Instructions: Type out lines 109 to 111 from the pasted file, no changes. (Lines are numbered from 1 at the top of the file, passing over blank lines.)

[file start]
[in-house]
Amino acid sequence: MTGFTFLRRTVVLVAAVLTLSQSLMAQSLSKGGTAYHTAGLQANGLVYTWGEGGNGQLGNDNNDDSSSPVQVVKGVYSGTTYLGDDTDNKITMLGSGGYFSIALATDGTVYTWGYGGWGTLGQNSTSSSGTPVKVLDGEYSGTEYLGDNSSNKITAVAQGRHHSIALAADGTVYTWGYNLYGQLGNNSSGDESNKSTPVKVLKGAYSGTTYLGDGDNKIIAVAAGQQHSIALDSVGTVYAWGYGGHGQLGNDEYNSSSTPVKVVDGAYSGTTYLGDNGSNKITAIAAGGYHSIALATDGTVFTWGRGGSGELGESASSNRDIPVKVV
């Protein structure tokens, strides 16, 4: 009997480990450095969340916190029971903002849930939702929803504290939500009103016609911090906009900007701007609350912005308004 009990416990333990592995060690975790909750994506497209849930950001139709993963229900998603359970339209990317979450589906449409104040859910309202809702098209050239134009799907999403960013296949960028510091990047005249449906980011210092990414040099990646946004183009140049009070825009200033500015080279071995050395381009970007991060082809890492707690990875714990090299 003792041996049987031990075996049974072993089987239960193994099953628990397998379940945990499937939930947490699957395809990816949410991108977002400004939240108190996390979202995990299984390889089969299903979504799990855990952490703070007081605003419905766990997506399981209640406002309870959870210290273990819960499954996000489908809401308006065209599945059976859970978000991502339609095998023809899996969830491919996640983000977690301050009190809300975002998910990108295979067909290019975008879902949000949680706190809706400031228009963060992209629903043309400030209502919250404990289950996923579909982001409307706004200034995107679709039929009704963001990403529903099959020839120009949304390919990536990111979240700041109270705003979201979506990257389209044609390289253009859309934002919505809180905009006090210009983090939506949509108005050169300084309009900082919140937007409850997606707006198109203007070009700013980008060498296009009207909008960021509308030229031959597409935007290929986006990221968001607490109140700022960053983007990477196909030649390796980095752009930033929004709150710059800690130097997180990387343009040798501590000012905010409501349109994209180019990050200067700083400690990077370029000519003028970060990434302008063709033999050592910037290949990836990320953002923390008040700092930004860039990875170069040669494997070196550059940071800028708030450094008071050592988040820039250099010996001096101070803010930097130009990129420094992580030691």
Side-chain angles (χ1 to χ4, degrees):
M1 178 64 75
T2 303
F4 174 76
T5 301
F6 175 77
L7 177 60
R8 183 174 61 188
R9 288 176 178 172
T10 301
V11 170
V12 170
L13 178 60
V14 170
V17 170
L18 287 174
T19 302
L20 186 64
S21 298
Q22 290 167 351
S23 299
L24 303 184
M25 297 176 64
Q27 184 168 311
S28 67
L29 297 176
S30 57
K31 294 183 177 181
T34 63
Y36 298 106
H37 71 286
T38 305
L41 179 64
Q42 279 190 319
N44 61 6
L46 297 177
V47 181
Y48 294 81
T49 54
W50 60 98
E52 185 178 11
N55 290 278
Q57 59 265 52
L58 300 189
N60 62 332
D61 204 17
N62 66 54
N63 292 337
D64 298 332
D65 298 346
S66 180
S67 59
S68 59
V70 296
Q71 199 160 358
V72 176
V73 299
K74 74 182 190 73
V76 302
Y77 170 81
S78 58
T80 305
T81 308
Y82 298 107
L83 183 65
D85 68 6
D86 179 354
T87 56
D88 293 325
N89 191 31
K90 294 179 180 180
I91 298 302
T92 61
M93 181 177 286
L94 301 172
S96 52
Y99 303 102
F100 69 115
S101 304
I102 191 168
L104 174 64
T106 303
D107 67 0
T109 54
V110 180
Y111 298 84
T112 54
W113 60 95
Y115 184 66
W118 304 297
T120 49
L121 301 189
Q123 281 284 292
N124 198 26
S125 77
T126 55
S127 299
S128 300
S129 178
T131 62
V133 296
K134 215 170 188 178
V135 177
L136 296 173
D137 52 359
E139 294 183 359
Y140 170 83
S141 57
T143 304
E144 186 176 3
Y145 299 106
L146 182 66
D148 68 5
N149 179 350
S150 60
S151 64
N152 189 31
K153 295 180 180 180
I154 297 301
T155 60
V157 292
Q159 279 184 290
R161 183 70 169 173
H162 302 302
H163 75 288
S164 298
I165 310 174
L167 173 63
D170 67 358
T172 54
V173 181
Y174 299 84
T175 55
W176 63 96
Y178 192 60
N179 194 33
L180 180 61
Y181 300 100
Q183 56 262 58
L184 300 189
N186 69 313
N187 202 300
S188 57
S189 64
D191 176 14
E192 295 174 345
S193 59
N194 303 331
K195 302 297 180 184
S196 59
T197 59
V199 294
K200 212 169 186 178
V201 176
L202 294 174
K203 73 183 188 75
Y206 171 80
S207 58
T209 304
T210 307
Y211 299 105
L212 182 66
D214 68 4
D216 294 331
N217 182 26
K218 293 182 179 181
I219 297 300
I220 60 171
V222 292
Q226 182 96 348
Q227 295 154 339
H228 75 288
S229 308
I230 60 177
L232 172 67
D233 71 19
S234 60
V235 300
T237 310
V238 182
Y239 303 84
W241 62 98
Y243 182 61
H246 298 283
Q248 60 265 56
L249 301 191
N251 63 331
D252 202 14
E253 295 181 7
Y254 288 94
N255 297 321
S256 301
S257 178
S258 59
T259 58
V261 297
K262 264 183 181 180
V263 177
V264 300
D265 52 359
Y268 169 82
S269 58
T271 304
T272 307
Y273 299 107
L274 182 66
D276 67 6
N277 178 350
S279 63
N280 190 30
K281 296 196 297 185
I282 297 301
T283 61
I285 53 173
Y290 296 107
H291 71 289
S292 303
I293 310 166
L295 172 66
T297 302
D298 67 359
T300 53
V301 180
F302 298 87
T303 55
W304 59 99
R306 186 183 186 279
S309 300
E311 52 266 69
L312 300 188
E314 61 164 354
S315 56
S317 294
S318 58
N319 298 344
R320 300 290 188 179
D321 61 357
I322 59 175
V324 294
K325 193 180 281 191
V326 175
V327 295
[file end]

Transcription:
E139 294 183 359
Y140 170 83
S141 57